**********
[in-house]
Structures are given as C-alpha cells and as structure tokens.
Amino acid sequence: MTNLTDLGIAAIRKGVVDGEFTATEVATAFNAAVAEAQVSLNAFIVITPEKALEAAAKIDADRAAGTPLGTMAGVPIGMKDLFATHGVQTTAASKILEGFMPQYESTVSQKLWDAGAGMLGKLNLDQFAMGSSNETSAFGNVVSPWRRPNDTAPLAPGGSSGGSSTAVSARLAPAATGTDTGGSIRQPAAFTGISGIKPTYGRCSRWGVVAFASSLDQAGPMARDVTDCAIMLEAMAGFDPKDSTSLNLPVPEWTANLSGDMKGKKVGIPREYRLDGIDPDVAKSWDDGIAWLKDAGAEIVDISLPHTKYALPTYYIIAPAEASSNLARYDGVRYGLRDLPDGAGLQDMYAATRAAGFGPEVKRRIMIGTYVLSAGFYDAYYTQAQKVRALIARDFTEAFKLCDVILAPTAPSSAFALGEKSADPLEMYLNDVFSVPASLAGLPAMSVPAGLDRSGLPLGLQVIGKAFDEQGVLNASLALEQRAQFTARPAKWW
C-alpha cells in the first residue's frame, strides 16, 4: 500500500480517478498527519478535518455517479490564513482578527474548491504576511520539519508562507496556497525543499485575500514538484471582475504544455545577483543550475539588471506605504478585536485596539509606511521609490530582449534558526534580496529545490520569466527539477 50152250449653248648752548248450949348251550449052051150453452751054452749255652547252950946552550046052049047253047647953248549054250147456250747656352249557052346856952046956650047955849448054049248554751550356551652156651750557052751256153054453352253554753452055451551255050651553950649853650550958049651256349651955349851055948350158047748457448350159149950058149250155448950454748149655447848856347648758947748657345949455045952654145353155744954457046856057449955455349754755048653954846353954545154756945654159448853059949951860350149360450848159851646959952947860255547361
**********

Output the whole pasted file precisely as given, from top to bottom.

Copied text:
[in-house]
Structures are given as C-alpha cells and as structure tokens.
Amino acid sequence: MTNLTDLGIAAIRKGVVDGEFTATEVATAFNAAVAEAQVSLNAFIVITPEKALEAAAKIDADRAAGTPLGTMAGVPIGMKDLFATHGVQTTAASKILEGFMPQYESTVSQKLWDAGAGMLGKLNLDQFAMGSSNETSAFGNVVSPWRRPNDTAPLAPGGSSGGSSTAVSARLAPAATGTDTGGSIRQPAAFTGISGIKPTYGRCSRWGVVAFASSLDQAGPMARDVTDCAIMLEAMAGFDPKDSTSLNLPVPEWTANLSGDMKGKKVGIPREYRLDGIDPDVAKSWDDGIAWLKDAGAEIVDISLPHTKYALPTYYIIAPAEASSNLARYDGVRYGLRDLPDGAGLQDMYAATRAAGFGPEVKRRIMIGTYVLSAGFYDAYYTQAQKVRALIARDFTEAFKLCDVILAPTAPSSAFALGEKSADPLEMYLNDVFSVPASLAGLPAMSVPAGLDRSGLPLGLQVIGKAFDEQGVLNASLALEQRAQFTARPAKWW
C-alpha cells in the first residue's frame, strides 16, 4: 500500500480517478498527519478535518455517479490564513482578527474548491504576511520539519508562507496556497525543499485575500514538484471582475504544455545577483543550475539588471506605504478585536485596539509606511521609490530582449534558526534580496529545490520569466527539477 50152250449653248648752548248450949348251550449052051150453452751054452749255652547252950946552550046052049047253047647953248549054250147456250747656352249557052346856952046956650047955849448054049248554751550356551652156651750557052751256153054453352253554753452055451551255050651553950649853650550958049651256349651955349851055948350158047748457448350159149950058149250155448950454748149655447848856347648758947748657345949455045952654145353155744954457046856057449955455349754755048653954846353954545154756945654159448853059949951860350149360450848159851646959952947860255547361